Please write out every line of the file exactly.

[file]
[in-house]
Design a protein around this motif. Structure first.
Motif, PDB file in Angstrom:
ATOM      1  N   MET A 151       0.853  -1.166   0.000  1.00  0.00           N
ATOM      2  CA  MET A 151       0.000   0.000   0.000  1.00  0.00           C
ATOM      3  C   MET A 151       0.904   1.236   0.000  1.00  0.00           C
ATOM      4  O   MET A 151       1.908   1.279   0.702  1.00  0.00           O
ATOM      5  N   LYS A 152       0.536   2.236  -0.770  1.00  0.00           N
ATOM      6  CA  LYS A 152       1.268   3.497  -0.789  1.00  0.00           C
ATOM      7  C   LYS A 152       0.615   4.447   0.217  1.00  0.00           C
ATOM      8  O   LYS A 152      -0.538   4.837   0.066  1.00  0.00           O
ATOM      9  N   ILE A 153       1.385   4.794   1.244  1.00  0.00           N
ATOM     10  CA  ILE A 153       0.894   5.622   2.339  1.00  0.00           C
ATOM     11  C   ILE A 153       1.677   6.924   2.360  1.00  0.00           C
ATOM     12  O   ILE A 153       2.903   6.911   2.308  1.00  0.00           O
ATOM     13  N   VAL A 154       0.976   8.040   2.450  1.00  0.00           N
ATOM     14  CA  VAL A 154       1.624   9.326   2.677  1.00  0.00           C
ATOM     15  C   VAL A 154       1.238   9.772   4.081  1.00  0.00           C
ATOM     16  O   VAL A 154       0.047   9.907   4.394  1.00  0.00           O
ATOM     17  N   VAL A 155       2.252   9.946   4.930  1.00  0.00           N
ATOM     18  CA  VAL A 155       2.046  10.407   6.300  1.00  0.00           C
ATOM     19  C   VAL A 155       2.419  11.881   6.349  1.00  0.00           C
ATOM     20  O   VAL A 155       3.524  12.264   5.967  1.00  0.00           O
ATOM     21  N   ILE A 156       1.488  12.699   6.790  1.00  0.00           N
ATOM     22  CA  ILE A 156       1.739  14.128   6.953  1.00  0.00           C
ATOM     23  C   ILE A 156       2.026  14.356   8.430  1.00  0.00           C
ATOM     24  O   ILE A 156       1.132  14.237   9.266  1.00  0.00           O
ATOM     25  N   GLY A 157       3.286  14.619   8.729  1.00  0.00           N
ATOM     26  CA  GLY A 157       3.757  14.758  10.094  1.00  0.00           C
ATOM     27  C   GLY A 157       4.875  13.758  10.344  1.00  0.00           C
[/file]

[in-house]
Design a protein around this motif. Structure first.
Motif, PDB file in Angstrom:
ATOM      1  N   MET A 151       0.853  -1.166   0.000  1.00  0.00           N
ATOM      2  CA  MET A 151       0.000   0.000   0.000  1.00  0.00           C
ATOM      3  C   MET A 151       0.904   1.236   0.000  1.00  0.00           C
ATOM      4  O   MET A 151       1.908   1.279   0.702  1.00  0.00           O
ATOM      5  N   LYS A 152       0.536   2.236  -0.770  1.00  0.00           N
ATOM      6  CA  LYS A 152       1.268   3.497  -0.789  1.00  0.00           C
ATOM      7  C   LYS A 152       0.615   4.447   0.217  1.00  0.00           C
ATOM      8  O   LYS A 152      -0.538   4.837   0.066  1.00  0.00           O
ATOM      9  N   ILE A 153       1.385   4.794   1.244  1.00  0.00           N
ATOM     10  CA  ILE A 153       0.894   5.622   2.339  1.00  0.00           C
ATOM     11  C   ILE A 153       1.677   6.924   2.360  1.00  0.00           C
ATOM     12  O   ILE A 153       2.903   6.911   2.308  1.00  0.00           O
ATOM     13  N   VAL A 154       0.976   8.040   2.450  1.00  0.00           N
ATOM     14  CA  VAL A 154       1.624   9.326   2.677  1.00  0.00           C
ATOM     15  C   VAL A 154       1.238   9.772   4.081  1.00  0.00           C
ATOM     16  O   VAL A 154       0.047   9.907   4.394  1.00  0.00           O
ATOM     17  N   VAL A 155       2.252   9.946   4.930  1.00  0.00           N
ATOM     18  CA  VAL A 155       2.046  10.407   6.300  1.00  0.00           C
ATOM     19  C   VAL A 155       2.419  11.881   6.349  1.00  0.00           C
ATOM     20  O   VAL A 155       3.524  12.264   5.967  1.00  0.00           O
ATOM     21  N   ILE A 156       1.488  12.699   6.790  1.00  0.00           N
ATOM     22  CA  ILE A 156       1.739  14.128   6.953  1.00  0.00           C
ATOM     23  C   ILE A 156       2.026  14.356   8.430  1.00  0.00           C
ATOM     24  O   ILE A 156       1.132  14.237   9.266  1.00  0.00           O
ATOM     25  N   GLY A 157       3.286  14.619   8.729  1.00  0.00           N
ATOM     26  CA  GLY A 157       3.757  14.758  10.094  1.00  0.00           C
ATOM     27  C   GLY A 157       4.875  13.758  10.344  1.00  0.00           C